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Antidepressant discontinuation during pregnancy and relapse risk in the perinatal period

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Advancing personalised antidepressant treatment during pregnancy

Due to perceived threats of some antidepressant medications, some pregnant women choose to stop, risking a relapse. By assessing risk levels, a new project is aiming for a more targeted approach.

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For women using antidepressant medication, pregnancy can bring an extra consideration: whether or not to continue taking the medicine. They must carefully consider the probable risk of relapse against potential harm to their unborn child. Yet, there is a paucity of research examining the effectiveness of antidepressant treatment during pregnancy. Most existing studies are based on specific populations derived from clinical samples and other non-experimental observations. This has a limiting effect on treatment advice. “No personalised recommendations are available on who can safely taper or cease their antidepressant usage without increasing the risk of relapse,” says Xiaoqin Liu, senior researcher at Aarhus University in Denmark and principal investigator on the PregnancyAD project. To fill in this gap, the EU-funded PregnancyAD project, undertaken with the support of the Marie Skłodowska-Curie Actions programme, performed a combined analysis of demographics, clinical features and genetic data from both the national registers and the Integrative Psychiatric Research (iPSYCH) sample in Denmark. The research aimed to figure out the potential effectiveness and risks of antidepressant treatment across the pregnant population, leading towards a more personalised case-by-case approach. “Our findings are consistent with prior research and offer reassuring evidence that the use of antidepressants during pregnancy has limited impacts on children,” notes Liu.

Studying the risk of relapse

To investigate whether genetic susceptibility is associated with post-partum relapse risk, the PregnancyAD team first examined relapse risk based on patient treatment patterns. The researchers found post-partum relapse risk corresponded to different antidepressant treatment trajectories: whether they stopped at all, early or late pregnancy, and how long they had been using the drugs beforehand. The team then explored whether the genetic liability to major depression was linked to these antidepressant treatment trajectories. “These trajectories are primarily influenced by the severity of the disorders rather than genetic susceptibility to major depression,” says Liu.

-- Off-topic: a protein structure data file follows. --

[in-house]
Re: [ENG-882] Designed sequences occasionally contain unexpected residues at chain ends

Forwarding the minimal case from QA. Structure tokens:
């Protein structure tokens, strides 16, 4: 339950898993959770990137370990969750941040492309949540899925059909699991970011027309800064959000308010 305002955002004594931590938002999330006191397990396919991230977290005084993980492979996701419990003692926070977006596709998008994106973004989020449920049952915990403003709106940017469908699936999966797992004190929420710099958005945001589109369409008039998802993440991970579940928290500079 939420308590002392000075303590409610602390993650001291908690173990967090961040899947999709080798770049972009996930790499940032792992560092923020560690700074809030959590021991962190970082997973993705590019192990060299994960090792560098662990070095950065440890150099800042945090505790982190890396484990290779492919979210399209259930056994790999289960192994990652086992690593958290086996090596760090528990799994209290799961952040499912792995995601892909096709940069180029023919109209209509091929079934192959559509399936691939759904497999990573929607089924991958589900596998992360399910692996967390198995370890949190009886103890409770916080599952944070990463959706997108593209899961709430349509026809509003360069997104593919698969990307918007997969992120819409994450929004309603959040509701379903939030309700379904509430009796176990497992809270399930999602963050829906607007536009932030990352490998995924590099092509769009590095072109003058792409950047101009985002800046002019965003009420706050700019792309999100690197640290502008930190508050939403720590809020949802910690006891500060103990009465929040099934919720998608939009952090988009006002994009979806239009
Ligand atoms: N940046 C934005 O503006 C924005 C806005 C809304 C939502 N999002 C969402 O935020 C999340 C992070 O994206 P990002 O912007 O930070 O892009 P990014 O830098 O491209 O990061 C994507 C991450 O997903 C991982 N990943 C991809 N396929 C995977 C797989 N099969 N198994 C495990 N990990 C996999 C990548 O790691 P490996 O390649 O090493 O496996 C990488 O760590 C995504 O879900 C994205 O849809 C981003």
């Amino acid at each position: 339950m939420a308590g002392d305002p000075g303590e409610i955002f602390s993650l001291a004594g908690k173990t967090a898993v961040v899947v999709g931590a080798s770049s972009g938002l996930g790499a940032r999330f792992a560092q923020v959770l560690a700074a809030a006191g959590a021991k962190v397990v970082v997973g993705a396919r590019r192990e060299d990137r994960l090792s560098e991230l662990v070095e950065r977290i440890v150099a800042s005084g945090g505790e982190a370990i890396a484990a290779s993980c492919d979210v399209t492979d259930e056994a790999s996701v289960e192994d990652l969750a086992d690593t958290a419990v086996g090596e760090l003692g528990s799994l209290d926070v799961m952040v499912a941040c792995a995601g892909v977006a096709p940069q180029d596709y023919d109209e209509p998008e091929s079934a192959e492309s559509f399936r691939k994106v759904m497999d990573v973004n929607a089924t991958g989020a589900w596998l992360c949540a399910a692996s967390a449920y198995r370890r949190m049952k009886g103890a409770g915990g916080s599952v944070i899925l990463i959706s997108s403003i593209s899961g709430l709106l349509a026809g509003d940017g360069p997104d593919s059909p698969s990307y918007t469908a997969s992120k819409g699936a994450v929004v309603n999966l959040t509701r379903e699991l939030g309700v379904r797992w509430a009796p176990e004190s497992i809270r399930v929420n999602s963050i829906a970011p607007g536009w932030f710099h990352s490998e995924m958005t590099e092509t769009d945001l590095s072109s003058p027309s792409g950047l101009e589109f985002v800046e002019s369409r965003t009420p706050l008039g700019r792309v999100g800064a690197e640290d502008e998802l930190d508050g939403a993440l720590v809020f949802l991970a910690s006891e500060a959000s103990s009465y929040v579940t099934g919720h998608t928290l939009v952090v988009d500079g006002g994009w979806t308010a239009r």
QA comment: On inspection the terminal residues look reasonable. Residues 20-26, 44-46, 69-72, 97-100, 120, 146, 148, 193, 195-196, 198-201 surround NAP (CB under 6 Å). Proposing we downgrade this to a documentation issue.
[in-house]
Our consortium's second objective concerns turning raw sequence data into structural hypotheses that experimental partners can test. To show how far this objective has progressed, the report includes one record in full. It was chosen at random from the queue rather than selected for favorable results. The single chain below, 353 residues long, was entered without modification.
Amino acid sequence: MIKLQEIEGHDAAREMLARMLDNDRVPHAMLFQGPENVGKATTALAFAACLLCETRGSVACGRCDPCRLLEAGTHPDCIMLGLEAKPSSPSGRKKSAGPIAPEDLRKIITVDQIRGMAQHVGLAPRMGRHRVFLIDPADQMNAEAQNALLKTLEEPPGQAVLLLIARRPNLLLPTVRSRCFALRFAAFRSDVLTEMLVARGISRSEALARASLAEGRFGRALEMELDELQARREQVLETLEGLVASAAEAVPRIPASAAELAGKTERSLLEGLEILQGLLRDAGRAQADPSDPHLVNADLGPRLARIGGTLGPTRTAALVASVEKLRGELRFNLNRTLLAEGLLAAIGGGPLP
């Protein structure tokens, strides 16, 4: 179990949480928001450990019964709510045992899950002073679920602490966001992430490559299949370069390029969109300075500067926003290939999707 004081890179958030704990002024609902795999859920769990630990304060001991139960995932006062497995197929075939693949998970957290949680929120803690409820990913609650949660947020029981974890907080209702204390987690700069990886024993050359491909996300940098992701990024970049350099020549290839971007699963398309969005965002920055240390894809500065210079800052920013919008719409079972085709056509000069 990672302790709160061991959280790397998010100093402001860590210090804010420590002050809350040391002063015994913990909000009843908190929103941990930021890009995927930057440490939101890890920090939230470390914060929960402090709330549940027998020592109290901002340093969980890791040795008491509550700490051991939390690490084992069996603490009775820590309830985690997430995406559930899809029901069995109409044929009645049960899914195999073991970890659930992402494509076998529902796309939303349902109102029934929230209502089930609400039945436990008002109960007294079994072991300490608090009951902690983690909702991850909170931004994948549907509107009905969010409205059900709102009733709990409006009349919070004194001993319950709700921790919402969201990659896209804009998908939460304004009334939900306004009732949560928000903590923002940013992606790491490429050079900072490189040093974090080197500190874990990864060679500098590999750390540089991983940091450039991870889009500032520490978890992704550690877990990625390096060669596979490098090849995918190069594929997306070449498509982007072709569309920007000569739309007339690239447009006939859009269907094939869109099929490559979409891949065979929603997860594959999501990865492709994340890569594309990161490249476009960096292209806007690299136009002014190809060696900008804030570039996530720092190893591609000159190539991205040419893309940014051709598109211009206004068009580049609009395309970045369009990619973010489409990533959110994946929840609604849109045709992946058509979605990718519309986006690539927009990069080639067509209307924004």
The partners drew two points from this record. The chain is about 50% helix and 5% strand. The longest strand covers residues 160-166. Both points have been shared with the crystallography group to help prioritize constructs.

Working towards personal risk assessments

To identify whether women who discontinued antidepressants had a higher relapse risk, the research first focused on psychiatric emergencies. Discontinuing antidepressants during pregnancy increased the risk of psychiatric emergencies to 5.0 % from 3.7 % in those continuing. For approximately every 76 pregnant women who decided to discontinue antidepressants, an additional psychiatric emergency occurred. Then, the team analysed less severe psychiatric outcomes and utilised a machine learning approach to model antidepressant treatment trajectories. For long-term users of antidepressant medication, stopping in late pregnancy increases the likelihood of experiencing relapse risk and a need for new medications after delivery. Liu notes that similar trends were not found among short-term users, or those who discontinued early in pregnancy, meaning previous treatment strategies can inform the potential risk of relapse. “Our findings suggest that women with severe mental illness, particularly those who have established stability through ongoing treatment, may derive substantial advantages from continuing their antidepressant regimen during pregnancy,” explains Liu.

Supporting decision-making during pregnancy

“It is crucial to emphasise that most women can safely discontinue their antidepressant medication without concerns of relapse,” remarks Liu. “The decision to continue or discontinue antidepressants should ideally be a collaborative one involving clinicians, patients and their families to ensure the most well-informed and tailored course of action,” she adds.


PregnancyAD, pregnancy, antidepressants, relapse, risk, personal, mental illness, treatment

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